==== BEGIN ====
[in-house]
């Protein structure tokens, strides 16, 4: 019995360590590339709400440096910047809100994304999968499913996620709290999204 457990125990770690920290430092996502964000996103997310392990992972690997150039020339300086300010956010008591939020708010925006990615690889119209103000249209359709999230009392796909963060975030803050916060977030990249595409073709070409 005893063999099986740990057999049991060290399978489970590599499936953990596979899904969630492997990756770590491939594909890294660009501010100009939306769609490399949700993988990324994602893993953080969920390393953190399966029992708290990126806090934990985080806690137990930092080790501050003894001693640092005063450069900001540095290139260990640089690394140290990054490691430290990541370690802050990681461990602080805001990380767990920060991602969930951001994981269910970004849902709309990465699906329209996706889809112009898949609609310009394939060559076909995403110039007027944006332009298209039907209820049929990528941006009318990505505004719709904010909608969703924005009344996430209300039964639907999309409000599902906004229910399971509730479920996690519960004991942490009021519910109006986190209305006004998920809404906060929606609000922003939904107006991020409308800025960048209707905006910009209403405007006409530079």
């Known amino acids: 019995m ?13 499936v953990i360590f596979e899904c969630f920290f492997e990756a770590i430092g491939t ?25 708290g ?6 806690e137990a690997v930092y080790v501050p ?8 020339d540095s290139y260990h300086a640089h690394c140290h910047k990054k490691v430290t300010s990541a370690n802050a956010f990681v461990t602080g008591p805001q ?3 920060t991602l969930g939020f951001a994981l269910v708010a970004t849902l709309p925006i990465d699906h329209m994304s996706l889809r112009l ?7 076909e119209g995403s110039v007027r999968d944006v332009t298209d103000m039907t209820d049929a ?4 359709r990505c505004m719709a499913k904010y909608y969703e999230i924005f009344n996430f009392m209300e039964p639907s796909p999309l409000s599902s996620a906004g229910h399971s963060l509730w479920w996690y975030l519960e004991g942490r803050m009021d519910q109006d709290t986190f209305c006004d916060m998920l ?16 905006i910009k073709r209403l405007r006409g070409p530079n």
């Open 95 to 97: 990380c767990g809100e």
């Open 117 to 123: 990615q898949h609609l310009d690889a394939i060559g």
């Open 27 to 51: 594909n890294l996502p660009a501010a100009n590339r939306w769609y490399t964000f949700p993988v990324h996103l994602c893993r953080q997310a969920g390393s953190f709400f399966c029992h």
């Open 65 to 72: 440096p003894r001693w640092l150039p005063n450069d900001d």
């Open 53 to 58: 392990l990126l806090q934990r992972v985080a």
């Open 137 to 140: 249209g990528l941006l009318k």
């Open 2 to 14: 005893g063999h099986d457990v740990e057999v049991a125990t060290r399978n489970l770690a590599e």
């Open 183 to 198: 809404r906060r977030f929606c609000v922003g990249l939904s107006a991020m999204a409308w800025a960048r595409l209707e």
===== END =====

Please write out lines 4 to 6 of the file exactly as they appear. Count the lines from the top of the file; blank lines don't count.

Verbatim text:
């Open 95 to 97: 990380c767990g809100e």
């Open 117 to 123: 990615q898949h609609l310009d690889a394939i060559g």
């Open 27 to 51: 594909n890294l996502p660009a501010a100009n590339r939306w769609y490399t964000f949700p993988v990324h996103l994602c893993r953080q997310a969920g390393s953190f709400f399966c029992h």